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Every source in the literature I could find about naive Bayes mentions using a gaussian's probability density function, using the mean and variance estimated from the data itself.

This strikes me as odd. If one estimates the variance and mean of the data (as opposed to has a prior assumption about it), than the distribution should be student t, not gaussian.

I recognize that the nuance may be unimportant in some cases, but still. This surprises me as it seems like using gaussian pdf is just a sort of mistake, and using the "correct" distribution has no cost involved. What am I missing here?

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    $\begingroup$ Are you referring to the prior or the posterior, and are you referring to a particular empirical Bayes method? These make a lot of difference (citing a specific example would help). In any case, assuming a normal distribution with a normal-inverse gamma prior gets you to a t-distribution posterior, see here. $\endgroup$ – David Robinson Feb 17 '16 at 20:31
  • $\begingroup$ @DavidRobinson He means the distributions of the predictors in a classification problem. Naive Bayes is really just a density estimation technique and has little to do with Bayesian statistics. $\endgroup$ – dsaxton Feb 18 '16 at 5:11
  • $\begingroup$ ^ Really? You have a prior belief about the conditional distributions, that features follow some distribution and you update them after seeing empirical evidence. Can you elaborate on Naive Bayes not being a Bayesian approach? $\endgroup$ – user46925 Feb 20 '16 at 1:32
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I think the confusion here is that the $t$ distribution is used as the sampling distribution for the test statistic $\sqrt{n} (\bar{x} - \mu_0) / s$, and not as a model for the underlying distribution. In the case of naive Bayes we're talking about the distributions of the features themselves, not the distribution of a statistic. The fact that the mean and variance are estimated from the data doesn't really enter into our choice of distribution for a given feature. If anything, the Gaussian should be preferred over the $t$ if for no reason other than the fact that it has a simpler density function. Still, the Gaussian assumption is almost always very wrong.

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  • $\begingroup$ Dsaxton, I almost got it, but not quite. I would expect the pdf of the distribution for each sample will be in of itself a t distribution density function, since sigma and mu were estimated. Your answer seems to imply that the t distribution is only well defined or valid for hypothesis tests. Could you clarify why you think that is the case? $\endgroup$ – Uri Merhav Feb 18 '16 at 19:26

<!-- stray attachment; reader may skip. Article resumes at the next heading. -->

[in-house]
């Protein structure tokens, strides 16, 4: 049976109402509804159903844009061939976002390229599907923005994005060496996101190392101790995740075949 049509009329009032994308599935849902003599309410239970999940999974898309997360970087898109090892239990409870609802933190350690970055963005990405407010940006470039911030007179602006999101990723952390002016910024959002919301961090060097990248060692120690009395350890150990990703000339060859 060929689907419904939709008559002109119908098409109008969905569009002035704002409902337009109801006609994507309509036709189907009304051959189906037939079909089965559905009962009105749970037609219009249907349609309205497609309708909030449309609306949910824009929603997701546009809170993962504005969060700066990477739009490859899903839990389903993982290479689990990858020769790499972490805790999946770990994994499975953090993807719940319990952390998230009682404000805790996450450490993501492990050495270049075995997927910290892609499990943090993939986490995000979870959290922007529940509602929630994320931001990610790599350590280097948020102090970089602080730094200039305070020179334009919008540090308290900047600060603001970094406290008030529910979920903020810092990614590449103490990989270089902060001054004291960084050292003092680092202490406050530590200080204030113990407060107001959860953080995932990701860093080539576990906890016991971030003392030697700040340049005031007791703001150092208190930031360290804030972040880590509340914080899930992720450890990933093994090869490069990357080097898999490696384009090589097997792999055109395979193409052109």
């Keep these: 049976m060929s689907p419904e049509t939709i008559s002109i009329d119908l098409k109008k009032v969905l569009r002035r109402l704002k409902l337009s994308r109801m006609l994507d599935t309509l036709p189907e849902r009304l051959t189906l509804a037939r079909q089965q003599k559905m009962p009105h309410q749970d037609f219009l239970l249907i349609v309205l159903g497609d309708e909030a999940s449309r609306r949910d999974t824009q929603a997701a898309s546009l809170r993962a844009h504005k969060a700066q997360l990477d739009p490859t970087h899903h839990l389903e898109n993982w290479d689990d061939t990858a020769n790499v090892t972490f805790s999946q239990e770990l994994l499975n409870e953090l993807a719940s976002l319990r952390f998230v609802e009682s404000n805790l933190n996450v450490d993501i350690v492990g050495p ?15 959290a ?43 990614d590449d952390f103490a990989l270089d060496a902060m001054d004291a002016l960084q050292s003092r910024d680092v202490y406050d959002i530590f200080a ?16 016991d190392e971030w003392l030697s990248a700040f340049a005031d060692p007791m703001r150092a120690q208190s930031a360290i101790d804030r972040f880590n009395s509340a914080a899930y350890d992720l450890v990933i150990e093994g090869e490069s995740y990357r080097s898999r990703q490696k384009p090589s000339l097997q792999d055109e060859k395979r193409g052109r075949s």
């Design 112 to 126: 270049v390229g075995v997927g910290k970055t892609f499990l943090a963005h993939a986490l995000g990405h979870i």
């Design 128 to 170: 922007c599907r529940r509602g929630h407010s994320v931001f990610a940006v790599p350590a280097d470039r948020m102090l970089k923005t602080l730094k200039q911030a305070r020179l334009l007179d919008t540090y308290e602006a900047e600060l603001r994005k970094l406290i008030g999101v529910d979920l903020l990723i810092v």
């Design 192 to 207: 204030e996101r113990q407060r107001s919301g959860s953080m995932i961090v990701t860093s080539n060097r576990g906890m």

• $\begingroup$ Perhaps it would help to ask why you'd expect predictors in a classification problem to have $t$ distributions. Whether or not you're estimating means and variances from data has nothing to do with whether or not a predictor belongs to some family of distributions. It either does or doesn't. However, dividing by $s$ instead of $\sigma$ does affect the distribution of the $t$ statistic. $\endgroup$ – dsaxton Feb 18 '16 at 19:36
  • $\begingroup$ dsxaton: The point is that if the measurements are distirbuted in a gaussian around a certain $\mu$ and $\sigma$, since you're using the estimated gaussian parameters to estimate probability, you're using the gaussian pdf in a "wrong" way. Specifically, you will greatly underestimate the probability of outliers (since for example $\sigma$ estimate may be lower than it should be). In any case, I now realize that student t is only defined for the test statistics and hence useless. Still it seems like there's a self contradiction in the way naive bayes is used. $\endgroup$ – Uri Merhav Feb 18 '16 at 22:12
  • $\begingroup$ If you assume something is normal, it doesn't make sense to decide it's $t$ just because you don't know the parameters. That would be a contradiction. Also, you can just as easily overestimate $\sigma$ as underestimate it. In any case, the Gaussian assumption is just a simplifying convention used in naive Bayes and it would partially defeat the purpose to use a complicated density like that of the $t$. $\endgroup$ – dsaxton Feb 18 '16 at 23:52
  • $\begingroup$ of course $\sigma$ may be either overestimated or underestimated. The point is that it as it may be underestimated, the likelihood of something being "5 $\sigma$ away is actually much higher than what's implied by a normal distribution. We're choosing a pdf which will certainly significantly underestimate the chance of extreme outliers even if all the model's assumptions were completely true. Thanks to your feedback I'm not sure that I have a reasonable alternative to this, but I still find this self contradiction to be odd. $\endgroup$ – Uri Merhav Feb 19 '16 at 1:31

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